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Five Ways to Make SMART New School Year’s Resolutions

resolutions
Written by Guest Blogger

A new school year is a new chance to make great technology resolutions for your school or classroom. Here’s some tips to make your resolutions SMART!

Every year as the clock nears midnight on December 31st, millions of people dream about what the new year will bring. A new year brings the hope of possibilities and a fresh start, and many of us make New Year’s resolutions and share them with others. We vow to lose weight, to spend more quality time with family, or to volunteer more often. Some resolutions we accomplish and others we don’t. Still, there is joy in the dreaming.

Educators are blessed in that we get to make New Year’s resolutions twice a year. Just as January brings hope, fall brings about the start of a new school year. While we may be a little sad to see our summer fade so quickly, we eagerly look forward to seeing our colleagues and, most importantly, our students once again. So in August, many of us make new school year’s resolutions.

This year, why not make a few of the new school year’s resolutions center around integrating technology into your classroom? Whether you’re a tech junkie, a novice, or somewhere in between, there’s always room for improvement. Our advice? Make your resolutions SMART: Specific, Measurable, Attainable, Relevant, and Time-bound.

Make it SPECIFIC

Make your tech goal as specific as you can. Instead of making a goal to “use technology to communicate with parents,” you could strive to “use the new Seesaw announcements feature to send reminders to parents.” Rather than saying you will “use technology to get feedback from students,” you could aim to “gather video feedback from students using Recap.”

Make it MEASURABLE

It is much easier to monitor progress towards your resolutions if you make them measurable. (Think IEP’s.) It is more feasible to assess your results if your goal is to  “post at least one flipped lesson a week to EdPuzzle” rather than to  “flip my class.” Imagine how effortless it would be to gauge your progress on a resolution that states “I will publish one newsletter a month using Smore.”

Make it ATTAINABLE

When you set your resolution measurement, make your mark high enough to challenge yourself, but not so high there’s no way you can accomplish it. It may be lofty to say “I will tweet out something about my class every hour of every day,” but chances are that just won’t happen. Setting out to “send ten positive affirmation emails to students daily” sure would be nice, but realistically it’s far fetched. Don’t be too easy on yourself, but give yourself a goal you can be proud of when you achieve it.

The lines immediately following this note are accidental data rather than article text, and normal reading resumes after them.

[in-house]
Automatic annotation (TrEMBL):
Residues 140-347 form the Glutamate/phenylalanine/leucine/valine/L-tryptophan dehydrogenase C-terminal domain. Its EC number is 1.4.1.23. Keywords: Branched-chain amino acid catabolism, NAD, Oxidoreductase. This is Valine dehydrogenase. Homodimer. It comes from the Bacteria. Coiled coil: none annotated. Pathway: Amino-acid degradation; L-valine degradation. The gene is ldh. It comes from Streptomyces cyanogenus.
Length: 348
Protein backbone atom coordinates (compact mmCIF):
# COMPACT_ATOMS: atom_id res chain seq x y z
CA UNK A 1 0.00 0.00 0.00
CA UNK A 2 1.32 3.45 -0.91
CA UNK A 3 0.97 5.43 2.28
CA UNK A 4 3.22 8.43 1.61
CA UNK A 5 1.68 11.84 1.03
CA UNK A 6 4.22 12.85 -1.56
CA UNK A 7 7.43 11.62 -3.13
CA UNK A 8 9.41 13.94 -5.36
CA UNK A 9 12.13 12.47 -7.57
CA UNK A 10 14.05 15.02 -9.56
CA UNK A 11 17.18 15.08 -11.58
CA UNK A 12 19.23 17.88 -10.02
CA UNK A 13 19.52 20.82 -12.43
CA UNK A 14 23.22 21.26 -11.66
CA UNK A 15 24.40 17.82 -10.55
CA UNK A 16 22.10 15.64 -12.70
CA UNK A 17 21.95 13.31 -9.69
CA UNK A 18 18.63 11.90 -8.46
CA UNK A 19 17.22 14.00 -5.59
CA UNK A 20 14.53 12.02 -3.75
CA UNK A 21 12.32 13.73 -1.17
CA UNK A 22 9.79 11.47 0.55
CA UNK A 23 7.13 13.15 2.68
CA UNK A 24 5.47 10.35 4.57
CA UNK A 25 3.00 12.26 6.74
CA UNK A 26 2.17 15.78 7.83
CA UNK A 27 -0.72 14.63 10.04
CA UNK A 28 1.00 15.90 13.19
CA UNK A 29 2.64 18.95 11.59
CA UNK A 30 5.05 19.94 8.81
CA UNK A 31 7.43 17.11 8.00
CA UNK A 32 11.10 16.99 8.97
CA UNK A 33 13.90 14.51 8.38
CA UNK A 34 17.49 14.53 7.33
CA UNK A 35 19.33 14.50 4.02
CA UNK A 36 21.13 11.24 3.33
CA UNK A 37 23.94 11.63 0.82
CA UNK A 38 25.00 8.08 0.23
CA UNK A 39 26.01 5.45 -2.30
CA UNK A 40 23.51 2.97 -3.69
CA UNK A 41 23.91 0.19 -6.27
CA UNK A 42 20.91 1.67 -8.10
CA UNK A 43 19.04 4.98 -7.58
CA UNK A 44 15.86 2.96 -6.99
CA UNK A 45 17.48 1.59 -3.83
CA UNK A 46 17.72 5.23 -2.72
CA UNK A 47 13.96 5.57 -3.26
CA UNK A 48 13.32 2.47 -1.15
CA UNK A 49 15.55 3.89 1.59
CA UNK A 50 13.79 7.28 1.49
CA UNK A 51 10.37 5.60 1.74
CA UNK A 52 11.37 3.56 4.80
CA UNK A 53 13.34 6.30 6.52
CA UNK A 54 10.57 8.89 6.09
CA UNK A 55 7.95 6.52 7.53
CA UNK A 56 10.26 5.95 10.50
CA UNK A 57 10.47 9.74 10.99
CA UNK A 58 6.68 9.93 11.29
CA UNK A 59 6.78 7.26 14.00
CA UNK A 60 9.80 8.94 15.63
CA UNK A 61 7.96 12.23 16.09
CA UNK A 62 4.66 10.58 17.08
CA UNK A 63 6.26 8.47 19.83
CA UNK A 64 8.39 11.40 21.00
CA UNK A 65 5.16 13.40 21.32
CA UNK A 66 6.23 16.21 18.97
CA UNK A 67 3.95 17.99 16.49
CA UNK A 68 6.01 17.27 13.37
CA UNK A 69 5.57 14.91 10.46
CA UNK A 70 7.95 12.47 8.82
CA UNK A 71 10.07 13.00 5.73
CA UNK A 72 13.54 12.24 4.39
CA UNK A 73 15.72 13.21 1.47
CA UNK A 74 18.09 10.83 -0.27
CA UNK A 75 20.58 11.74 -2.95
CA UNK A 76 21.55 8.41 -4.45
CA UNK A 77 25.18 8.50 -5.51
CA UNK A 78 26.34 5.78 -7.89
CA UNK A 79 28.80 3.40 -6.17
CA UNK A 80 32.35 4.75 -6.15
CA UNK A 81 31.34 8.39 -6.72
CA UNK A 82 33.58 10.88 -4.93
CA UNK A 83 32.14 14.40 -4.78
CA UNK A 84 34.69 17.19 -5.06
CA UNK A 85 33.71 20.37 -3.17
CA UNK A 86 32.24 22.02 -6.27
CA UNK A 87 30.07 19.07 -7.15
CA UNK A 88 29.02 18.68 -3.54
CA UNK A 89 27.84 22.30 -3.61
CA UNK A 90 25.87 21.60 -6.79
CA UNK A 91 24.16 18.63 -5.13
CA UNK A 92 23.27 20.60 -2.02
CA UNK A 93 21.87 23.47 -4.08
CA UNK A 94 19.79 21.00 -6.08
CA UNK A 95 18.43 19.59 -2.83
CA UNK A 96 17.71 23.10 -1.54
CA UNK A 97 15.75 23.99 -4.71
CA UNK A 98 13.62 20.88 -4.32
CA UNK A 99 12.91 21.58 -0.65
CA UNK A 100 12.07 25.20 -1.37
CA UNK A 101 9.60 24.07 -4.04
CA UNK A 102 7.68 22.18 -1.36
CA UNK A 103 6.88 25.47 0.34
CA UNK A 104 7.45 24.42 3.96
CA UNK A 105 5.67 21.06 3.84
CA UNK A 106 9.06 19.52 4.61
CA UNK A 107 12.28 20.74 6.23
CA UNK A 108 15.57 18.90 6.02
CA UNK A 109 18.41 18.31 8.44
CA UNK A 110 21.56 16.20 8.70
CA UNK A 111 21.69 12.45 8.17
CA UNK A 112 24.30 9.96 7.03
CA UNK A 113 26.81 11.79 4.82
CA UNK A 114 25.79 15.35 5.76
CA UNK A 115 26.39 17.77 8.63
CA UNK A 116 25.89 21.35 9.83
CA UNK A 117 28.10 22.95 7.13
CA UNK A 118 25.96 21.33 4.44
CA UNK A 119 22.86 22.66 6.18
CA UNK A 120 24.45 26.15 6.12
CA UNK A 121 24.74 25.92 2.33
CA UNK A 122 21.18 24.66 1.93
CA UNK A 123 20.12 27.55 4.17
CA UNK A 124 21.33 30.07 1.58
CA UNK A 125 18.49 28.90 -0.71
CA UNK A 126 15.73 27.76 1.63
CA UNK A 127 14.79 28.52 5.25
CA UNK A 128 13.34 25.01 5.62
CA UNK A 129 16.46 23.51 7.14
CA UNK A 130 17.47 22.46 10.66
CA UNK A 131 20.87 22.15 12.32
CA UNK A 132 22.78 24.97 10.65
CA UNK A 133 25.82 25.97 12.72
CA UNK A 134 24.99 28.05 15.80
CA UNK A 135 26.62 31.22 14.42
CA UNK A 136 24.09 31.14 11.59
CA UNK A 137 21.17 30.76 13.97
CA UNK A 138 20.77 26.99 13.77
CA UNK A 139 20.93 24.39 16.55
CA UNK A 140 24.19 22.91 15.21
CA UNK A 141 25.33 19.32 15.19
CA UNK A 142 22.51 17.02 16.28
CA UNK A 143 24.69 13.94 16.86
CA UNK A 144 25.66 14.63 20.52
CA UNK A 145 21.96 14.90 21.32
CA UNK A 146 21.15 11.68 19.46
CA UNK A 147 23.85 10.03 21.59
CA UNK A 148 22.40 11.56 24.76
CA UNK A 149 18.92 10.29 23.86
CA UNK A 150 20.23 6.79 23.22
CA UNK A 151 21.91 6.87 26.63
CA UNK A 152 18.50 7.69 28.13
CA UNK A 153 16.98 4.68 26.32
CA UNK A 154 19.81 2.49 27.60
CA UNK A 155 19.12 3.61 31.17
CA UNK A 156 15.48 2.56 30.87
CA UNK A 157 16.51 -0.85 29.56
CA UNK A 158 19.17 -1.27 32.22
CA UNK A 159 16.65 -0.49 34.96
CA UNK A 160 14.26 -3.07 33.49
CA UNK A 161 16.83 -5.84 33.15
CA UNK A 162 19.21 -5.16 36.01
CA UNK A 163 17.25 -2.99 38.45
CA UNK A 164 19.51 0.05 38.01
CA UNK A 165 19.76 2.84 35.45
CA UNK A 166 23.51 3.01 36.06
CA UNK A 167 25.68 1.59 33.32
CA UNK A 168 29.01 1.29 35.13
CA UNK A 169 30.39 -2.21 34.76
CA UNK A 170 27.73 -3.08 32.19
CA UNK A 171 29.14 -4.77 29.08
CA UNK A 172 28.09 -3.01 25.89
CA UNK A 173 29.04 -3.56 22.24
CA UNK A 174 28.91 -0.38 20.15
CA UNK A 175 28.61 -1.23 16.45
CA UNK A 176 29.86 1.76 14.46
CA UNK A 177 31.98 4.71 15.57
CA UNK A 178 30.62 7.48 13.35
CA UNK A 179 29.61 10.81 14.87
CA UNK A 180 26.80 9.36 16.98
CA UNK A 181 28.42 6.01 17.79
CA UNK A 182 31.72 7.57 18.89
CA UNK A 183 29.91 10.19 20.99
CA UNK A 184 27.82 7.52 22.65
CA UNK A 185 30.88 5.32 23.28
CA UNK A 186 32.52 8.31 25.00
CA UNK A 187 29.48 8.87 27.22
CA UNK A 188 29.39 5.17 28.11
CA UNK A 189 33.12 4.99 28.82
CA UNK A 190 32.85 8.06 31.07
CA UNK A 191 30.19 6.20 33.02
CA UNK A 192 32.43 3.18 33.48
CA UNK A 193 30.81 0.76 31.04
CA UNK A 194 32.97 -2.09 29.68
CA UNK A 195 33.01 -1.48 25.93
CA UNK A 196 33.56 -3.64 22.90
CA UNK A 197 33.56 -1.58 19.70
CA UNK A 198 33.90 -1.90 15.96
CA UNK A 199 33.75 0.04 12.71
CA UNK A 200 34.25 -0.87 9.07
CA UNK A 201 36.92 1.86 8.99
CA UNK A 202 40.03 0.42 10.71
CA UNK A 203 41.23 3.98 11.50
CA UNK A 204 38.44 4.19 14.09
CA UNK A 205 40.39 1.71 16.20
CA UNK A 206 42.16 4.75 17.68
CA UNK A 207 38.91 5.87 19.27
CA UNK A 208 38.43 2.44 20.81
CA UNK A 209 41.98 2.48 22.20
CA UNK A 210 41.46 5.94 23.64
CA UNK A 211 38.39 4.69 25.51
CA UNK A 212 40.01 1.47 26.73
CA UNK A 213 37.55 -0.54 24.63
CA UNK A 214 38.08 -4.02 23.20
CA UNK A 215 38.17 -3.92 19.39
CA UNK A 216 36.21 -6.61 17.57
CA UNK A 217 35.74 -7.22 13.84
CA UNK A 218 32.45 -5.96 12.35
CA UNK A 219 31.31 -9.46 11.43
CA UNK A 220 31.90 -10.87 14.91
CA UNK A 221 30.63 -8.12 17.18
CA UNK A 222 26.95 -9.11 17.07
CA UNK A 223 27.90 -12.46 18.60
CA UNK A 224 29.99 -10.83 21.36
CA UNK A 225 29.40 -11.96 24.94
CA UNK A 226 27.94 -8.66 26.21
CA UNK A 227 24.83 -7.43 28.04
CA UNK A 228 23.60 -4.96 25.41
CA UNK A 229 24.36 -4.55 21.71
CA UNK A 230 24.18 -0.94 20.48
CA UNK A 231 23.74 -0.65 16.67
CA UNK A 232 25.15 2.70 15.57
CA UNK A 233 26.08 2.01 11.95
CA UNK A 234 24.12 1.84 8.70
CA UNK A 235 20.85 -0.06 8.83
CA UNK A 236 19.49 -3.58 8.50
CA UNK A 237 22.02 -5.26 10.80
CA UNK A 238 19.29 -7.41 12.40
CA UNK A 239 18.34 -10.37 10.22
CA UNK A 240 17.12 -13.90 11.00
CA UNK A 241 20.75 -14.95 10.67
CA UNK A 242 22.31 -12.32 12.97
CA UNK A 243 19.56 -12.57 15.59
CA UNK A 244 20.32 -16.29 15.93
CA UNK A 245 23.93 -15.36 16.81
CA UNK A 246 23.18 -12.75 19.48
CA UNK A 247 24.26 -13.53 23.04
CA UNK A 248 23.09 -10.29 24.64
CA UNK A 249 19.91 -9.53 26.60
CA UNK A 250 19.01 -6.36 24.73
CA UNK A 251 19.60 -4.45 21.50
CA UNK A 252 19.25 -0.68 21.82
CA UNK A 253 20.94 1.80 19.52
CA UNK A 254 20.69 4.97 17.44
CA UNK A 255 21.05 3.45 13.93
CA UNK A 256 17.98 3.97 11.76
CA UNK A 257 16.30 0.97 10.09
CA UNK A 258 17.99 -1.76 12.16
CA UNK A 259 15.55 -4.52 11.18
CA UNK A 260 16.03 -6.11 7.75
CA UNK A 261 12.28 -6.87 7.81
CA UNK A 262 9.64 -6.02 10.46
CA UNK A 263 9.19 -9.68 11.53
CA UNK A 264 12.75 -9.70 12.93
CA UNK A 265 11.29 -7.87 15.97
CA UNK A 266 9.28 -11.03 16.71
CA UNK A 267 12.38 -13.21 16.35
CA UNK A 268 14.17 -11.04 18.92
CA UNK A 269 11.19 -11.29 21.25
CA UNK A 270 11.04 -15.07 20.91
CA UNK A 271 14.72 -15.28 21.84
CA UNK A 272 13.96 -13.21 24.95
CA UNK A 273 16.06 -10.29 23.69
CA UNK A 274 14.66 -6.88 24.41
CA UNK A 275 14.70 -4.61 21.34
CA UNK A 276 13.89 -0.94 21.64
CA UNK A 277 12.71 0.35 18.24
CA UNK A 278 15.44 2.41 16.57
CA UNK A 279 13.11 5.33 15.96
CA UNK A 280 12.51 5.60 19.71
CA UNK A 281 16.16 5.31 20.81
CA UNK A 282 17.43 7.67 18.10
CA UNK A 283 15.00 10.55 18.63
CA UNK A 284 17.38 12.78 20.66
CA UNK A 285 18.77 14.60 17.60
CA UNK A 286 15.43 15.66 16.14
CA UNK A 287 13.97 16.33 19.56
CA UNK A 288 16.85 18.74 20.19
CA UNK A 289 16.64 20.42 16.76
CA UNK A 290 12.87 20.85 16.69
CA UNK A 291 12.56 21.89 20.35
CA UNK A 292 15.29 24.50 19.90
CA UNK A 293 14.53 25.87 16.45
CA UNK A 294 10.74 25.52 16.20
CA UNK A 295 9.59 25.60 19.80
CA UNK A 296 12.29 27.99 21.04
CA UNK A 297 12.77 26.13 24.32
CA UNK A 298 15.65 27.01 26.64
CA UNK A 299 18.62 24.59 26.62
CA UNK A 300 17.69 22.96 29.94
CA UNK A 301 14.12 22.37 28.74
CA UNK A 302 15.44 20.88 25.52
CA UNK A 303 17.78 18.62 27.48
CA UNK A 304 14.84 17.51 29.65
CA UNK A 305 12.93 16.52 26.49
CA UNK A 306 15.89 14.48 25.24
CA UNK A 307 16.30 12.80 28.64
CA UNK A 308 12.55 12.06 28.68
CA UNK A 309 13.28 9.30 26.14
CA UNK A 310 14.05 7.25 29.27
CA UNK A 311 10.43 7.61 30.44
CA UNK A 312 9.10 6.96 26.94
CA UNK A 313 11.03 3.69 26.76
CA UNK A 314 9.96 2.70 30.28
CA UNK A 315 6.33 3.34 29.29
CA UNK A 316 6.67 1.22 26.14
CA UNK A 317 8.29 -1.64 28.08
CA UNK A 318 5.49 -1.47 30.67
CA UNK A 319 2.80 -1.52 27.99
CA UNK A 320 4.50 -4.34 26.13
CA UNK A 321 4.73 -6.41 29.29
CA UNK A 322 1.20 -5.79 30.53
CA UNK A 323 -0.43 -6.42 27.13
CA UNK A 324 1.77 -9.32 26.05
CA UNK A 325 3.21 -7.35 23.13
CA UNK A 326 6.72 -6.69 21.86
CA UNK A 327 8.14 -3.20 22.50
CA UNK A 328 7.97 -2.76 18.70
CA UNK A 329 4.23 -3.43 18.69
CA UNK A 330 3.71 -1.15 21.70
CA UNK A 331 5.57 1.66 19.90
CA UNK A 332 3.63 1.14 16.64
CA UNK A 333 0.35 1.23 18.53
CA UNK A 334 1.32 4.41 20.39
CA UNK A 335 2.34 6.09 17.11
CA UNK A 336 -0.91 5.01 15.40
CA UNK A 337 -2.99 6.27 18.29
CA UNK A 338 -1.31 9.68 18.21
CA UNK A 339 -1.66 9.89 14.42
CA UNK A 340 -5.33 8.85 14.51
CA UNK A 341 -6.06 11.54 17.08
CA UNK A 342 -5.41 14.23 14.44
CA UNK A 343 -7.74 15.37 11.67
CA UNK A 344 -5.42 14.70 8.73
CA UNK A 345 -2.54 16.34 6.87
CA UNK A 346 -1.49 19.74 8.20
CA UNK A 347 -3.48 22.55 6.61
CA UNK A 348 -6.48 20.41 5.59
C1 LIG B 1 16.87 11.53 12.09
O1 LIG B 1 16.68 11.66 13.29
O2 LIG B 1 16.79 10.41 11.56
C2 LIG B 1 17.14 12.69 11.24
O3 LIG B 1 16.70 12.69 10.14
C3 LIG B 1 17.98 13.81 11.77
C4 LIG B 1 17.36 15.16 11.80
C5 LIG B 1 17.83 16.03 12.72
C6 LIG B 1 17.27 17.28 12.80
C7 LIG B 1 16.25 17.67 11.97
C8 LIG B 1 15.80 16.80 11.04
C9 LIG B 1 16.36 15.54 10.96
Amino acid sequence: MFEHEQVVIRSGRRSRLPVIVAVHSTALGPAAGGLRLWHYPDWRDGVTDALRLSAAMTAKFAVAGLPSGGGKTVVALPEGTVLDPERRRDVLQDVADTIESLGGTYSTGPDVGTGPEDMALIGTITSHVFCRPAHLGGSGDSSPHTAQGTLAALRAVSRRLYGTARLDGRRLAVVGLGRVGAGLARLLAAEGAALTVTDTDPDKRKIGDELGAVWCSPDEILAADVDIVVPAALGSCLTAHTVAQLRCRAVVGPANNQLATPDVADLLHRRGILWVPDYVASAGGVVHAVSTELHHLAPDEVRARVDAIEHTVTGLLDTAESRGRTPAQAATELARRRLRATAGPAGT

Make it RELEVANT

It is important that your goals are meaningful. If you spend most of your technology time managing your email, then organizing your messages and reaching “inbox zero” should be a top priority. You can also focus on making day-to-day work more meaningful and integral for your students.  How can you improve their centers, presentations, or group work with regular technology use?

Make it TIME-BOUND

Set an end date or a time-frame for your resolutions. Having a deadline encourages you to complete your goal. Your long-term resolution could be to “create a Google Classroom and post three announcements and assignments by the end of the year” with the smaller goal to “post one announcement and assignment by the end of October.”

Lastly, share your resolutions with a trusted colleague, someone who will offer praise when you’re on track and a gentle nudge when you steer off course.

If you do make a SMART new school year’s technology resolution, please let us know! Tweet it out, tag @TCEA, and use the hashtag #TechResolution17.

HAPPY NEW YEAR!

This is a guest blog contributed by Dr. Roland Rios and Ms. Jeannine Freeman. Dr. Rios is Vice President of TCEA and the Director of Technology at Ft. Sam Houston ISD. Ms. Freeman is the District Instructional Technology Specialist at Ft. Sam Houston ISD. The pair also want to give a special thanks to their Administrative Assistant, Ms. Elizabeth Davidson, for “proofreading, wordsmithing, and making us sound much smarter than we actually are!”

 

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